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The figures tell a dark story about Incredible India

Attacks on women destroy India’s tourism capability

analysis Updated: Mar 12, 2016 23:33 IST
Lalita Panicker
Foreign tourists at Raisina Hill, New Delhi. In 2014, India’s tourist arrivals were 22.57 million
Foreign tourists at Raisina Hill, New Delhi. In 2014, India’s tourist arrivals were 22.57 million(Hindustan Times)

A teardrop on the cheek of time — this was how Tagore described the almost indescribable beauty of the Taj Mahal. The man who might be president, Donald Trump, has named one of his ghastly constructional excrescences the Trump Taj Mahal. But while trying to approach the exquisite monument a few years ago, I was followed by a friendly gaggle of pigs while I tried with little success to avoid the clutches of touts and whining salesmen. So, it was with some delight that I read the statement made by the foot-in-the-mouth tourism and culture minister Mahesh Sharma that incidents like the JNU one affect this industry. A realistic look at one of the many problems which bedevil our tourism sector, I hope, though knowing Mr Sharma I would not hold my breath on this.

Incredible India was to bring tourists flocking to Bharat mata, to use that ‘preferred’ term. But then the figures tell a different and darker story altogether. Let me give you a quick rundown. In 2014, India’s tourist arrivals were 22.57 million, as compared to 1.8 million for a small country like Zimbabwe. All right, maybe you cannot run around shooting magnificent big game as a creepy American dentist did in that country but the figures are worrying, given that Zimbabwe is rapidly going down the tube and only in the news for its leader gobbling pieces of a 92-kg cake on his 92nd birthday. But take China, whom we love to compare ourselves with, it got 133 million tourists in 2015 despite not being as transparent and welcoming as we think we are. Or Morocco with its 10.28 million (in 2014) in a not too welcoming part of the world these days.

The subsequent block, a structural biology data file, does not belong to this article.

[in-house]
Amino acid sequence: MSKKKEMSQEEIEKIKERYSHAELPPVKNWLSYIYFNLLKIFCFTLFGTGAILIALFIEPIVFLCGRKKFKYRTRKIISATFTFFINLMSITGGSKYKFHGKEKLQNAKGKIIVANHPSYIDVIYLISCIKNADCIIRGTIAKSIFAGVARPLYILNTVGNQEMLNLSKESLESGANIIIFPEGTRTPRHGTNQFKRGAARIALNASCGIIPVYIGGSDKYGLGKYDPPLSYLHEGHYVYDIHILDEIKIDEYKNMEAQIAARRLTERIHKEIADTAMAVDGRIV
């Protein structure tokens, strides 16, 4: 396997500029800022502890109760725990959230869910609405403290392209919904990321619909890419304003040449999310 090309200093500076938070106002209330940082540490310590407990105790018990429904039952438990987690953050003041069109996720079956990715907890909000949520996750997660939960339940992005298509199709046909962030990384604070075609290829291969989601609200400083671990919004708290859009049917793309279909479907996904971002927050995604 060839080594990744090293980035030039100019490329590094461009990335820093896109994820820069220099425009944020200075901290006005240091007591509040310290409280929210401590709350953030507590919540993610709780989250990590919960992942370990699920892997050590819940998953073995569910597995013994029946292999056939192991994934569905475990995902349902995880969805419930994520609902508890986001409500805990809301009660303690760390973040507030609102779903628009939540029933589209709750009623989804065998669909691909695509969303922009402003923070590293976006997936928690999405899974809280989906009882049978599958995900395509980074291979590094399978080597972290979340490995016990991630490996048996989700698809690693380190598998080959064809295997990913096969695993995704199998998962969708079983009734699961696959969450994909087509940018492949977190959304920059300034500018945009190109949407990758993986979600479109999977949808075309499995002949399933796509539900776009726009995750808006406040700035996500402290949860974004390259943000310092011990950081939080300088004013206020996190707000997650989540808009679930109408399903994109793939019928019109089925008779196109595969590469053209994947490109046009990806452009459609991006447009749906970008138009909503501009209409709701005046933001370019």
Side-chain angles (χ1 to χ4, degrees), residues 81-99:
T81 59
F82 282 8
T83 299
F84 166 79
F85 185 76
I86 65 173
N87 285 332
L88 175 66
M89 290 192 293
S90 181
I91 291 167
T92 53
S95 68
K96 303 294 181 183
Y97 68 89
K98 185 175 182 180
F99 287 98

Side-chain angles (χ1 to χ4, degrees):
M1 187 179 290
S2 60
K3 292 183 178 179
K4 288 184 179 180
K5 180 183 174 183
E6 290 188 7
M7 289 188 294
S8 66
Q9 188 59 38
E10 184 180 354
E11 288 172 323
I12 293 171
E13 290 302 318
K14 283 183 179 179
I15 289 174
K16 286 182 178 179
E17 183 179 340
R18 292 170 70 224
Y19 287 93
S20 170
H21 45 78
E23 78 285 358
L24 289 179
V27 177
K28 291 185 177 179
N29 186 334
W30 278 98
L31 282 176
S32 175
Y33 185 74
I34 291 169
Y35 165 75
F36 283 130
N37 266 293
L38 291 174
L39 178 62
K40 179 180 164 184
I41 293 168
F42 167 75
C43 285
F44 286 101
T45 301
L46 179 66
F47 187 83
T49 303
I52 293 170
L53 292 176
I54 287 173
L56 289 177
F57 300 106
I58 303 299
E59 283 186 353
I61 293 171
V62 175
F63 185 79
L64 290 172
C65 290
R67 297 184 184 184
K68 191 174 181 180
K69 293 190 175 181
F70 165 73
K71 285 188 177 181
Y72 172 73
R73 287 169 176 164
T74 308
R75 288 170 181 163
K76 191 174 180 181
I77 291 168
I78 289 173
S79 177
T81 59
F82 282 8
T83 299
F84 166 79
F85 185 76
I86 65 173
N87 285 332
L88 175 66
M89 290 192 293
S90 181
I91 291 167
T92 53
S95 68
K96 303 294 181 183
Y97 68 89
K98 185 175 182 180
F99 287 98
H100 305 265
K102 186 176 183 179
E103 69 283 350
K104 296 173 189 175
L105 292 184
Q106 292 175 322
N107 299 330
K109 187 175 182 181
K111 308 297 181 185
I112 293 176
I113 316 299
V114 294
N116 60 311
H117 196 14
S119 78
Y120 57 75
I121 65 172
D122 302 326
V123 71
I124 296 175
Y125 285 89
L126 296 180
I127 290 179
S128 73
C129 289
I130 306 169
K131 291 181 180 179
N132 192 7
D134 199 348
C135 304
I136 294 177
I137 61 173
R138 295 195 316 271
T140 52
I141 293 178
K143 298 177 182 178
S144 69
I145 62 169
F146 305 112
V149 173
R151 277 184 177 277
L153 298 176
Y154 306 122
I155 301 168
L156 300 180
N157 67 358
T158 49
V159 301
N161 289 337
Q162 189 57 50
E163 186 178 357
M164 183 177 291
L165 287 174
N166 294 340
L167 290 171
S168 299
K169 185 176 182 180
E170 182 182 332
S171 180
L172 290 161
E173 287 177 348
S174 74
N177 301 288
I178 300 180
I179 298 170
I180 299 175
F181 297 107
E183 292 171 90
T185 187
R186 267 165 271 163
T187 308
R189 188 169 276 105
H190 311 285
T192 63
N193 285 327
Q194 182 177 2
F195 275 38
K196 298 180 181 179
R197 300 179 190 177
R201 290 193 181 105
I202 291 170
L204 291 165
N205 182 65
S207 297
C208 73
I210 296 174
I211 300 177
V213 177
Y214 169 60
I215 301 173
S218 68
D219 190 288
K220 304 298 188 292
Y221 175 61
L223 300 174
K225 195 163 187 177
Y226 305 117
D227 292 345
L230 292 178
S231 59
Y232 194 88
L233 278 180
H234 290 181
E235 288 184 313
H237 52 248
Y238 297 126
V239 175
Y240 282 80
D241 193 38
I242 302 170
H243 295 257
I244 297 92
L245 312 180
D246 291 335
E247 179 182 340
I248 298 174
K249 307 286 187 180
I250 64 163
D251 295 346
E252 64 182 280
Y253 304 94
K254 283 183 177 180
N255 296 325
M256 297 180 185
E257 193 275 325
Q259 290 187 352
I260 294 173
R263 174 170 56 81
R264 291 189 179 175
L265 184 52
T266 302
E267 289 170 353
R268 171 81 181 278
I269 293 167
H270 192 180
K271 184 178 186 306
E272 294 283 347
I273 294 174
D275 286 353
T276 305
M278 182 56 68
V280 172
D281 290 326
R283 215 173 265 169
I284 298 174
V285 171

Mr Sharma is on the right track, incidents like JNU are among the problems we face. In enlightened self-interest at least, the loonies who pushed the whole issue to such monumental proportions should have been stopped in their tracks. But, JNU is just one. There are unfortunate incidents of crime against women, especially rapes and robberies. Foreign women are stalked and harassed relentlessly, all the wonderful ads about the honest shopkeeper notwithstanding.

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The golden routes of Delhi-Rajasthan are flourishing thanks to great connectivity and a splendid marketing of the mystical desert and the grandeur of royalty. Kerala was on the right track with its high end tourism but a foolish drive against liquor and chronic corruption have seen a decrease in footfalls.

Our colonial legacy should have been turned to our advantage if we had the first clue on how to preserve our beautiful buildings from the British raj. Instead, we have managed to uglify as many of them as possible except those which have fallen into private hands. There is much nostalgia, especially among the British, for the romance of the raj, its cuisine, its great railway journeys, its literature. But, no offence to Suresh Prabhu, any ordinary Indian tourist would quail at the prospect of rail travel when it should be a cheap and safe option to see the real India much like Eurail. The only trains on which tourists can get the India experience is on the upmarket, swish ones like the ones which do the rounds of Rajasthan.

Many states have tried to market themselves like Odisha and Gujarat but all the baritone of Amitabh Bachchan asking people to breathe in Gujarat will not bring tourists in unless they are assured of safety, cleanliness, connectivity, infrastructure and so on. Not to mention being able to breathe some semblance of clean air. Here it is all very hit and miss. Imagine if a poor tourist had been stranded in Haryana during the recent Jat violence. I can hardly imagine that she would want to come calling again.

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Swachh Bharat is a good idea but it should at least be strictly implemented in our tourist spots. Competing with livestock and farm animals is hardly a salutary invitation to take in the glories of India. Places like Goa have been allowed to slide to a great extent, overrun as the beautiful beaches are becoming with Russian and other mafias. Not to mention the gawping, ugly Indian tourists themselves whose conduct is enough to put anyone off. So, if the voluble tourism minister is serious about his portfolio, he will go beyond his welcome words and do something which will really put the incredible back into India